Alice Through The Looking Glass is a visually mesmerising film. James Bobin’s film lacks the fizz of Lewis Carroll’s original novel, but is entertaining nevertheless.
After adventures at sea, Alice makes an unexpected return to Wonderland. One of her treasured friends is in danger, Alice must acquire a device from the Lord of Time in order to put things right…
Screenwriter Linda Woolverton takes a different tact from Carroll’s novel with this sequel. Ardent fans of the book may not be pleased with this, but a traditional adaptation may not have worked well in feature-film format. Alice Through The Looking Glass functions well to provide a sense of adventure and peril.
Where the film falters is with its tone. Director James Bobin’s film misses the zaniness of the books, and indeed the first film. In its place, Alice Through The Looking Glass focuses on a more emotional idea. If this was another narrative, this would not necessarily have been an issue. For the Alice in Wonderland sphere however, this misses the absurdity of the source material which is so appealing. Less sentimentality and more off-beat action would have made the film more satisfying.
The new character of Lord of Time is a welcome addition to Alice Through The Looking Glass. Elsewhere, characters remain much the same as the first film. The Alice that returns to Wonderland is a much more mature and aware protagonist. This works well given the plot; there is less a sense of awe and more determination to complete her mission.
Sasha Baron Cohen delivers a jovial performance as Lord of Time. Mia Wasikowska reprises her role well, whilst Johnny Depp does his usual over the top schtick. Art direction in the film is fantastic.
Whilst the visuals certainly meet expectations, Alice Through The Looking Glass would have benefitted from more zaniness and less sentimentality. Notwithstanding, the film is perfectly enjoyable for those looking for adventure.
Disney’s Maleficent is a rich fairy tale which should prove beguiling to viewers.
A young fairy grows up in a peaceful forest which neighbours a human kingdom. As Maleficent grows up, a betrayal sets in motion a series of events which has consequences for both worlds…
Robert Stromberg’s directorial debut is an aural and visual fantasy feast. The director’s visual effects background is clear from the outset. Notwithstanding, the story is also strong; functioning as a compelling retelling of a well-known tale.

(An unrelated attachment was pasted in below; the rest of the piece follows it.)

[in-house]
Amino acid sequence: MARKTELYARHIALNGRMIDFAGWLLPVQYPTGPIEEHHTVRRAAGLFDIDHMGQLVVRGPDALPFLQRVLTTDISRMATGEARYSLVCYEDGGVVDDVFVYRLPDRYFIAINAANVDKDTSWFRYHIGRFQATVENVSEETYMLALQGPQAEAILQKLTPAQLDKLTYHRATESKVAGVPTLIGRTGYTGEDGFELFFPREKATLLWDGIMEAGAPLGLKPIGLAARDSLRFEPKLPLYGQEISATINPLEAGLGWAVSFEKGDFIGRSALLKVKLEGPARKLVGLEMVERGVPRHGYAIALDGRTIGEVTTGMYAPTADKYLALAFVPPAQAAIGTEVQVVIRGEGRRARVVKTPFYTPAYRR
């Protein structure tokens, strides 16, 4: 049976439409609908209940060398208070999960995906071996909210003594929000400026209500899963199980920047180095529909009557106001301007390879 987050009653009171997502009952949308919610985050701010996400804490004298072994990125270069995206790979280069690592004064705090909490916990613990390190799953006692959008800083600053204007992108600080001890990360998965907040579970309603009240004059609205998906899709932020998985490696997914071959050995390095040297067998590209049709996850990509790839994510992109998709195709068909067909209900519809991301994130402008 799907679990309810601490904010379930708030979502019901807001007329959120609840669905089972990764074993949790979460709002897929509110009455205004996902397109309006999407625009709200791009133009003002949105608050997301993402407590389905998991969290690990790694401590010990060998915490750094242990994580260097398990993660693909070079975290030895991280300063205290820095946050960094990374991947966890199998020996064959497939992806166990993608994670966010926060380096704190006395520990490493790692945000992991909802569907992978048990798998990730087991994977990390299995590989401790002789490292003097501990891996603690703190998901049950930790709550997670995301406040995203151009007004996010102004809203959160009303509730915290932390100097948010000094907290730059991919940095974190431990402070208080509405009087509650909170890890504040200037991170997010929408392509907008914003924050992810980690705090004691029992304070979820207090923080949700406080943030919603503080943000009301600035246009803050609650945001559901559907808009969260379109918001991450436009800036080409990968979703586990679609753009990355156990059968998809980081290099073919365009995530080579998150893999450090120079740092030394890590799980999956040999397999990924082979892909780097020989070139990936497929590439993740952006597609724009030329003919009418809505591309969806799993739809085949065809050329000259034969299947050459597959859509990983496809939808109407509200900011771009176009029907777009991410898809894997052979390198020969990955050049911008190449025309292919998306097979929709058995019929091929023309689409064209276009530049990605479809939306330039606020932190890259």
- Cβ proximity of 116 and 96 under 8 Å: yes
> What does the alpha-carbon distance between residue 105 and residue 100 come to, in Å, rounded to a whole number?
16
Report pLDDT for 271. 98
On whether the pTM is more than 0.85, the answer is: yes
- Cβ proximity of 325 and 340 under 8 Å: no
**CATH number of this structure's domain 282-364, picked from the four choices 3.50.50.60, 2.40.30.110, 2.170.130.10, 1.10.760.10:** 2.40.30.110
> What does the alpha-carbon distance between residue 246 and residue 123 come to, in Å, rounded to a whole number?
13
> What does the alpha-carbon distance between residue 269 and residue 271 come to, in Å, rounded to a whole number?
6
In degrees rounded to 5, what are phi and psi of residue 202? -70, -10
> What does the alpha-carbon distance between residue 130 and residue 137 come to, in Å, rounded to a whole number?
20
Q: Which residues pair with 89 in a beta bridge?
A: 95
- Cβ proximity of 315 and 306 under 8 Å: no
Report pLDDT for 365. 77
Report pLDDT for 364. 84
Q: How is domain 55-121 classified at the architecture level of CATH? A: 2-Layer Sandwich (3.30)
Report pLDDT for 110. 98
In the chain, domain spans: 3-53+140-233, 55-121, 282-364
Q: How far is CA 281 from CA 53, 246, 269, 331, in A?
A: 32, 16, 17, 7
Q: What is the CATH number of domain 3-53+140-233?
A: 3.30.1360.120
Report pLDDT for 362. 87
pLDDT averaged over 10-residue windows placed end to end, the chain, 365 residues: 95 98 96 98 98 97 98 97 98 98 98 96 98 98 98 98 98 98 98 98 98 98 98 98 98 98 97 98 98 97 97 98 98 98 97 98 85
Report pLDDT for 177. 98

Screenwriter Linda Woolverton’s narrative works to both provide back story to the Sleeping Beauty tale, and to subvert it to make its antagonist more rounded. More than a one-sided villain, Maleficent is given shades to make her character more compelling in this version. Perhaps it says something that she is most enthralling when she is bad, nevertheless the portrayal is satisfying overall.
The influence of recent Disney films is present in Maleficent. This is by no means a bad thing; but simply means that the film may have a twist that some viewers will predict. Nevertheless, the depiction here is a healthy one, that few will find fault with.
Like Woolverton’s work in Alice in Wonderland, Maleficent is a darker fairy tale that still remains accessible for family audiences. The small elements of humour work well to bring lightness. The film would be less family friendly without these moments.
The art direction and costuming plays a substantial role in Maleficent. The effects are also superb, and the cinematography makes the most of its striking subjects. There is some marvellous silhouetting, and camera work in transporting viewers through the fantasy landscape.
Angelina Jolie shines as the title character. She brings a suitable campness to the role of Maleficent. Elle Fanning is well cast as Aurora, and Sharlto Copley is on good form as Stefan.
Maleficent is a highly entertaining fantasy, combining traditions of classical Disney with that of the emerging direction of the studio.
Tim Burton’s live action-CGI extravaganza is an entertaining escapade well worth the watch in 3D. A sequel to the Alice stories rather than a remake, it bares little resemblance to earlier cinematic adaptations. In this version, Alice is a nineteen year old who falls down the rabbit hole after running away from an undesired marriage proposal.
Burton’s film features a far more active Alice, one who eventually fights in battle against the Red Queen’s army. Whilst the film features the familiar Wonderland characters, the plot diverges greatly from the 1951 Disney animated feature of the same name. Screenwriter Linda Woolverton has created a quest narrative for the teenage Alice, which contrasts significantly with the whimsy of Carroll’s original stories.
The cast features many of the familiar Burton players, with Bonham Carter making a fittingly over the top Red Queen. Depp is suitably outrageous as the Mad Hatter, although he does play the character with a modicum of sadness. New blood is injected with the welcome presence of Mia Wasikowska and the delightful Anne Hathaway. A particular highlight is Stephen Fry voicing the enchanting Cheshire Cat.
As ever, Danny Elfman produces a score that compliments the visuals perfectly. Generally the 3D works well given the content, although it does look a little flat when compared to recent box office behemoth Avatar.
Alice in Wonderland‘s opening weekend success is unsurprising, considering its first quarter opening and the huge promotional campaign orchestrated by Disney (the publicity of the threatened boycott no doubt helped to boost audience awareness). Nonetheless, as a longtime Tim Burton fan, one can’t help but be disappointed by lack of originality in his recent work. With a reworking of Dark Shadows being reported as his next project, it looks like the days of Beetlejuice and Edward Scissorhands are long gone.